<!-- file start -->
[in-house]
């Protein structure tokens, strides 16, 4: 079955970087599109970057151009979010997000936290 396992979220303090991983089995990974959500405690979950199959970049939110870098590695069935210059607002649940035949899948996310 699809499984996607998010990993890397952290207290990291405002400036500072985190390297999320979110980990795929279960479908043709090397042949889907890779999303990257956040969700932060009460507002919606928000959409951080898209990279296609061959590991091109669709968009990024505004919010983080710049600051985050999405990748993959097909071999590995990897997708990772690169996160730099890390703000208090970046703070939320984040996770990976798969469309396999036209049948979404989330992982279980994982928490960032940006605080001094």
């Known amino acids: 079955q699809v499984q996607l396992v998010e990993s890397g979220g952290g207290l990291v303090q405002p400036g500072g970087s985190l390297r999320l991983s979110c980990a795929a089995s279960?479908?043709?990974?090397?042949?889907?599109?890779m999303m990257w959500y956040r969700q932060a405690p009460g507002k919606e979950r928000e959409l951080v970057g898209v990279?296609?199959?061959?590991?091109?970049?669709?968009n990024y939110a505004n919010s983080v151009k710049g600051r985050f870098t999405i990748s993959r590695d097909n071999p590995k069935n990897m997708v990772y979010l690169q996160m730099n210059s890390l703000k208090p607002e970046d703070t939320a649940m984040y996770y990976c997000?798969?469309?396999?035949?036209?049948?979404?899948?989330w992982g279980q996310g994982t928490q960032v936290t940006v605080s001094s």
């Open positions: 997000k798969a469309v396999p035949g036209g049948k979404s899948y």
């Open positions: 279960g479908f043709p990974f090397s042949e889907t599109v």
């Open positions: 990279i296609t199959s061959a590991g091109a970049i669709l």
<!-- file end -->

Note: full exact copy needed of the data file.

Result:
[in-house]
């Protein structure tokens, strides 16, 4: 079955970087599109970057151009979010997000936290 396992979220303090991983089995990974959500405690979950199959970049939110870098590695069935210059607002649940035949899948996310 699809499984996607998010990993890397952290207290990291405002400036500072985190390297999320979110980990795929279960479908043709090397042949889907890779999303990257956040969700932060009460507002919606928000959409951080898209990279296609061959590991091109669709968009990024505004919010983080710049600051985050999405990748993959097909071999590995990897997708990772690169996160730099890390703000208090970046703070939320984040996770990976798969469309396999036209049948979404989330992982279980994982928490960032940006605080001094």
């Known amino acids: 079955q699809v499984q996607l396992v998010e990993s890397g979220g952290g207290l990291v303090q405002p400036g500072g970087s985190l390297r999320l991983s979110c980990a795929a089995s279960?479908?043709?990974?090397?042949?889907?599109?890779m999303m990257w959500y956040r969700q932060a405690p009460g507002k919606e979950r928000e959409l951080v970057g898209v990279?296609?199959?061959?590991?091109?970049?669709?968009n990024y939110a505004n919010s983080v151009k710049g600051r985050f870098t999405i990748s993959r590695d097909n071999p590995k069935n990897m997708v990772y979010l690169q996160m730099n210059s890390l703000k208090p607002e970046d703070t939320a649940m984040y996770y990976c997000?798969?469309?396999?035949?036209?049948?979404?899948?989330w992982g279980q996310g994982t928490q960032v936290t940006v605080s001094s």
């Open positions: 997000k798969a469309v396999p035949g036209g049948k979404s899948y």
């Open positions: 279960g479908f043709p990974f090397s042949e889907t599109v």
């Open positions: 990279i296609t199959s061959a590991g091109a970049i669709l």